Melanoma: Tanning Rates Are Lower, But Millions Still At Risk
Teenagers to 20-somethings and up may be lusting after bronzed, summer skin, but previous studies have shown just how dangerous tanning--particularly indoor tanning--can be. Not only do tanning beds significantly increase the risk of melanoma, the deadliest form of skin cancer, but their use is even linked to premature aging.
Fortunately, the results of new findings published in JAMA Dermatology bring hope. The study results show that indoor tanning rates have dropped among adults from 5.5 percent in 2010 to 4.2 percent in 2013. However, an estimated 7.8 million women and 1.9 million men still regularly head to their nearest tanning salon, increasing their cancer risk (and not to mention, potential for some sagging, leathery skin.)
For this study, researchers analyzed data on more than 59,000 individuals from the 2010 and 2013 National Health Interview Survey, a nationally representative sample of U.S. adults.
Findings revealed that indoor tanning dropped among users from the ages of 18-29 years old at 11.3 percent in 2010 to 8.6 percent in 2013. There was a larger drop in women than men at 8.6 percent in 2010, followed by a 6.5 percent drop in 2013. In men, researchers saw a 2.2 percent drop in 2010 followed by a 1.7 percent drop in 2013.
Study findings also revealed an increased amount of tanning among men in certain age groups. Indoor tanning frequency was up 177 percent among men ages 40 to 49 years old and 71 percent higher in men 50 and up.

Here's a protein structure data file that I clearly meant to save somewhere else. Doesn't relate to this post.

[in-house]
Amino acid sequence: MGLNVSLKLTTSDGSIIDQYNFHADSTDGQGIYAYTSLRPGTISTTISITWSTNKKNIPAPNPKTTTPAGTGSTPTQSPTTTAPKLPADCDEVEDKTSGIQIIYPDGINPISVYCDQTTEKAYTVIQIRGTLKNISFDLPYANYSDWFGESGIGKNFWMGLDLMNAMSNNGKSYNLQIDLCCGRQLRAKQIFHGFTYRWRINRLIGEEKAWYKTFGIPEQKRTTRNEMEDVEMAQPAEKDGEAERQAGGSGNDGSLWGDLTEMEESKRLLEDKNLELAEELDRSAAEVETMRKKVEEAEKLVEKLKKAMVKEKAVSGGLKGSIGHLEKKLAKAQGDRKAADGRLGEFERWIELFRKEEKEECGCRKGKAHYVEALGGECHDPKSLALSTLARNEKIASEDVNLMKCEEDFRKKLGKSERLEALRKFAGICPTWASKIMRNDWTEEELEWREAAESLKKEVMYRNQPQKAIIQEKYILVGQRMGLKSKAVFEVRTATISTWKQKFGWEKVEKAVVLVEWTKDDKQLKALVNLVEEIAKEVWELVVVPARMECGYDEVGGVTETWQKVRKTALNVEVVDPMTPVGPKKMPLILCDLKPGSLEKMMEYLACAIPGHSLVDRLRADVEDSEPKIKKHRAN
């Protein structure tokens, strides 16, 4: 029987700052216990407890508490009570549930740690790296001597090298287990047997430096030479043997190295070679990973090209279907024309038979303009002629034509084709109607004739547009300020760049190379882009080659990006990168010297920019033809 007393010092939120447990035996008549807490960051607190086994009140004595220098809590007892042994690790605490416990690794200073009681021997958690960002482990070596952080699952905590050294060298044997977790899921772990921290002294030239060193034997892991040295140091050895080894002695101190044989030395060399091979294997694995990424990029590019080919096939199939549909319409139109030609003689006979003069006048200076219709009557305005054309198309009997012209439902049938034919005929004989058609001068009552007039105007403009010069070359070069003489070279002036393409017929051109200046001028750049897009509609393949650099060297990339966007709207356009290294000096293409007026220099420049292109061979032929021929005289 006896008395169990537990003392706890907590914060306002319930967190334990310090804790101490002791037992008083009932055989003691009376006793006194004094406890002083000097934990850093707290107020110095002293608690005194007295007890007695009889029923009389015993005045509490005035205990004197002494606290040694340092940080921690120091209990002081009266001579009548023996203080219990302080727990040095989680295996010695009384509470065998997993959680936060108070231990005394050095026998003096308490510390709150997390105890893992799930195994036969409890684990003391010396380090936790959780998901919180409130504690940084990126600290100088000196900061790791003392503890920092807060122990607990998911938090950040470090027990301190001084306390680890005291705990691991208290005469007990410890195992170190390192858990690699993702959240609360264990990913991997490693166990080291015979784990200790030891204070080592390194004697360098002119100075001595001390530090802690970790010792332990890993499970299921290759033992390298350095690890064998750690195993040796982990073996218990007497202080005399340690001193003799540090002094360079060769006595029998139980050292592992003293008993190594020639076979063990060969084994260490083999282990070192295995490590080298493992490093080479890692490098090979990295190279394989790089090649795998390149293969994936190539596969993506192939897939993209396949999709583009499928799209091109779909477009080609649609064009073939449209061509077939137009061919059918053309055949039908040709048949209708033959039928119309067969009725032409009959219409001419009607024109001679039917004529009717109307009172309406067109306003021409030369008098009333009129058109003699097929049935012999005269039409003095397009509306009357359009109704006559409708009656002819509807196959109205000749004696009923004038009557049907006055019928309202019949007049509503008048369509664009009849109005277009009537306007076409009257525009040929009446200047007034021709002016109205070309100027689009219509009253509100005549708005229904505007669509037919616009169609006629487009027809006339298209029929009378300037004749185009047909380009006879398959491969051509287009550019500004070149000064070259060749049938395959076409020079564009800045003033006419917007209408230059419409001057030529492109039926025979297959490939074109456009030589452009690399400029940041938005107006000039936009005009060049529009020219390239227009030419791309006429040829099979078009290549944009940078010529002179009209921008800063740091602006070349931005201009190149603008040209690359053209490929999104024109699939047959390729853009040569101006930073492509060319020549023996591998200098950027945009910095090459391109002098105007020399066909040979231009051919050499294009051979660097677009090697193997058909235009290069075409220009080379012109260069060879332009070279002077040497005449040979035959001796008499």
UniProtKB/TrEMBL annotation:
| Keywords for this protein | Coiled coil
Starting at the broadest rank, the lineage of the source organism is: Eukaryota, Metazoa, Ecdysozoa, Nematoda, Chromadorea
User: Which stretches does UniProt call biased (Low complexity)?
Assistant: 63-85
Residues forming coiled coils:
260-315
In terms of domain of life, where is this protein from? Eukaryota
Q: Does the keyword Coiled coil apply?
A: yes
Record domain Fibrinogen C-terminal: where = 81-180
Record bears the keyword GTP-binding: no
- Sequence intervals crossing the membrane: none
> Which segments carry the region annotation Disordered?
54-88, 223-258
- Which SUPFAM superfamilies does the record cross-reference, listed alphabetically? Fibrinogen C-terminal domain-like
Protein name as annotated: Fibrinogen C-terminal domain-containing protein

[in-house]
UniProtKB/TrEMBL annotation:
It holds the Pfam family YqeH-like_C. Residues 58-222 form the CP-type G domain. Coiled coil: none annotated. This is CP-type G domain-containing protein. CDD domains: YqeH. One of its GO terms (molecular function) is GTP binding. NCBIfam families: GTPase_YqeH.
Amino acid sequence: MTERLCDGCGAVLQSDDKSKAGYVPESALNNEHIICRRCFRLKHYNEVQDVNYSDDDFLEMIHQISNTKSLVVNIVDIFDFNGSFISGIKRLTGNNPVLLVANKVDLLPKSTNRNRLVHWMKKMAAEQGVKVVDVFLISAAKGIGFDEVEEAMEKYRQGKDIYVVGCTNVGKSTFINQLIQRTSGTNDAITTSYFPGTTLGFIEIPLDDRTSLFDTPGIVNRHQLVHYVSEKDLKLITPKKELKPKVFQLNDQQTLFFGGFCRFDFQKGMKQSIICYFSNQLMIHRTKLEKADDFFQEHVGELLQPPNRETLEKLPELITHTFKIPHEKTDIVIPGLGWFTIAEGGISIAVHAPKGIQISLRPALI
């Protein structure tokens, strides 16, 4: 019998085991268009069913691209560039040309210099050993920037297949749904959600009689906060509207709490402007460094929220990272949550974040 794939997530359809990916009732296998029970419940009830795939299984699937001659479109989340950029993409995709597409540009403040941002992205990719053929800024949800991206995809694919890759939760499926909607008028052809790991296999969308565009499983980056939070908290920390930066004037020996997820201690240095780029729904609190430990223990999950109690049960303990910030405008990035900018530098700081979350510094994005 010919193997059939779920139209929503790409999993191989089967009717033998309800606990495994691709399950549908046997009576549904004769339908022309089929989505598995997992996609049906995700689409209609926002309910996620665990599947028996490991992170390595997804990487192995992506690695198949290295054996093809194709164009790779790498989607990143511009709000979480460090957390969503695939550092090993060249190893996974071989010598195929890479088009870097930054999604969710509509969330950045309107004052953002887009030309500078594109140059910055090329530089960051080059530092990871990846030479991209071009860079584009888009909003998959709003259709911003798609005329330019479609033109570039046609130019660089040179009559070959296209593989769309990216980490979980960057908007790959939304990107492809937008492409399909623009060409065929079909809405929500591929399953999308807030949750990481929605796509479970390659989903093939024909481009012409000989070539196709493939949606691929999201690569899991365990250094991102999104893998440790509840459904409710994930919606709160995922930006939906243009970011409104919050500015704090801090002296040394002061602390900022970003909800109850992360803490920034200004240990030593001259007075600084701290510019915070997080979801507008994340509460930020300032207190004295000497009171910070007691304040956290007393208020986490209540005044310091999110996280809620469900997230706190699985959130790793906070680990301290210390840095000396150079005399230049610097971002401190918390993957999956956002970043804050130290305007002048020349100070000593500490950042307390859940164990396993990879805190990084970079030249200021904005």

Health officials have made definite headway in preventing skin cancer risk and indoor tanning bed use. For instance, the Affordable Care Act established a 10 percent excise tax on indoor tanning services in 2010, and in 2014, the Food and Drug Administration (FDA) required that all sunlamps used in tanning salons carry a warning label so that consumers completely understand potential health dangers. But of course, there's still more work to be done.
"We have denormalized the use of tobacco, but we have not denormalized getting a tan or denormalized the use of indoor tanning," said Richard Wender, chief cancer control officer at the American Cancer Society, via USA Today.
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